Defence Chief General Angus Campbell apologises to John Armfield

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Australian Defence Force chief Angus Campbell has personally apologised to a Navy hero who lost his brother to suicide and then allegedly suffered mistreatment at the hands of senior officers.

The apology to diver John Armfield followed Mr Armfield’s testimony before the Royal Commission Into Defence and Veteran Suicide about the death of his brother RAAF Leading Aircraftman Andrew Armfield.

Mr Armfield, an Afghanistan veteran and military recruiter, alleged serious failures in the ADF’s treatment of his brother and spoke about a hostile culture as he grappled with the circumstances of Andrew’s death.

Andrew took his life in October 2011 but Mr Armfield only found out about the existence of an internal report into his brother’s death 10 years after the traumatic event.

When the report was made available to him, he told the commission how he drove to the post office to pick it up without any support in place to help him process the findings, which he said revealed serious failures in his brother’s care.

“I was sitting in my car, broken,” he said.

“I’d loyally served my nation and this is how they’d given me the report on my little brother’s death.

“I sat there and sobbed. I couldn’t take it home to my family.”

He said he had not been informed about the report’s existence or its outcome, which he found out about through the commission.

He said he had “struggled” to get hold of the report, and said he felt “angry” about the bureaucratic obstacles he had faced to get to the truth about what happened to his brother.

Mr Armfield also told the commission he confronted a hostile culture when he flagged concerns about his brother’s care to his superiors.

In his March 18 letter to Mr Armfield, which was delivered in person to him on the Gold Coast by Warrant Officer of the Navy Andrew Bertoncin, General Campbell said he had watched some of the diver’s testimony.

“I wanted to commend you for your courage, clarity and dignity in detailing your lived experience around both the tragic loss of your brother, Andrew, and the events you encountered post that time,” General Campbell writes.

“I sincerely and fulsomely apologise for the experiences you have had and the traumatic impact those actions had on you.

“The Royal Commission is an important opportunity for Defence to further understand the complex issue of suicide.

“Thank you for sharing your account and for your continued support to the Royal Commission’s final report and recommendations.”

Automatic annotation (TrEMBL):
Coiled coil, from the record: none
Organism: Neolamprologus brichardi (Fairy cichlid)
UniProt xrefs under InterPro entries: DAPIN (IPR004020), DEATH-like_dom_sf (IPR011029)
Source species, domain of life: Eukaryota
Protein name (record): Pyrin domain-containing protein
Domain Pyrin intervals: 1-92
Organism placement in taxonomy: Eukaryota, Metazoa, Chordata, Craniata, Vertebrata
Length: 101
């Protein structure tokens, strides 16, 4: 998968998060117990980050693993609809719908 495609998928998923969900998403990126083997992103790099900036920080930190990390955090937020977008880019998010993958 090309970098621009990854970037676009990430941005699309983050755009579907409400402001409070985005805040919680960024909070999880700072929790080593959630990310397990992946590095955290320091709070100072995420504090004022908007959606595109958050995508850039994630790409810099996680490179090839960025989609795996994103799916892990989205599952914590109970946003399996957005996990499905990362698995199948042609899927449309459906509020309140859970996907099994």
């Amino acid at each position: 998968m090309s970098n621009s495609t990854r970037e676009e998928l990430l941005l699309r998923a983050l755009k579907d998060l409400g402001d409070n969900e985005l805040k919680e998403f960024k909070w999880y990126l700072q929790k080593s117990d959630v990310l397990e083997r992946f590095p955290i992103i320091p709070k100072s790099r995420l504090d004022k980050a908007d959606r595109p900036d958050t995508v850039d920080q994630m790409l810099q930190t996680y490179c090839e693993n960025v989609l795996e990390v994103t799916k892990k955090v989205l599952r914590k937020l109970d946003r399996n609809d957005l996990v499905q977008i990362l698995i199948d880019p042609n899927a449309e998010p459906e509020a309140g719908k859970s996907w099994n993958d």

But Mr Armfield, speaking to NCA NewsWire on Wednesday, said the letter was vague and lacked any kind of “accountability”.

“It doesn’t outline what he is apologising for,” he said.

“Is it medical negligence, defamation, is it the breach of Australian privacy principles, loss of career and loss of earnings?

“Nowhere does he identify what he is apologising for.”

Mr Armfield raised concerns with the commission about potential privacy breaches within the ADF.

During his service he discovered files on his brother’s death on an internal defence storage system.

“All this was sitting on Objective (the storage system) and accessible to me,” he told the commission.

“I was very torn and emotional that this was there.”

When he raised concerns about possible privacy breaches to his commanding officers, he said he was threatened with potential criminal charges for illegally accessing the system.

Mr Armfield was cleared of any wrongdoing but only after nine months of what he called stress and hardship.

He faced the possibility of a criminal proceeding, telling his wife at one point that if he was arrested, he wanted her to film it and send it to the media.

The diver left the military in 2023 after 20 years of service and he is now writing a book about his experiences.

Titled Leadership Failure, Mr Armfield said he wanted the book to highlight what he sees as a “two-tiered” culture within the military, with one set of rules for officers and another set for enlisted soldiers, sailors and airmen.

“We all have an agenda in life and mine is to honour my brother,” he told NCA NewsWire.

“And to make my father proud and to fix the military.”

General Campbell is scheduled to testify on the final hearing day of the commission on Thursday.

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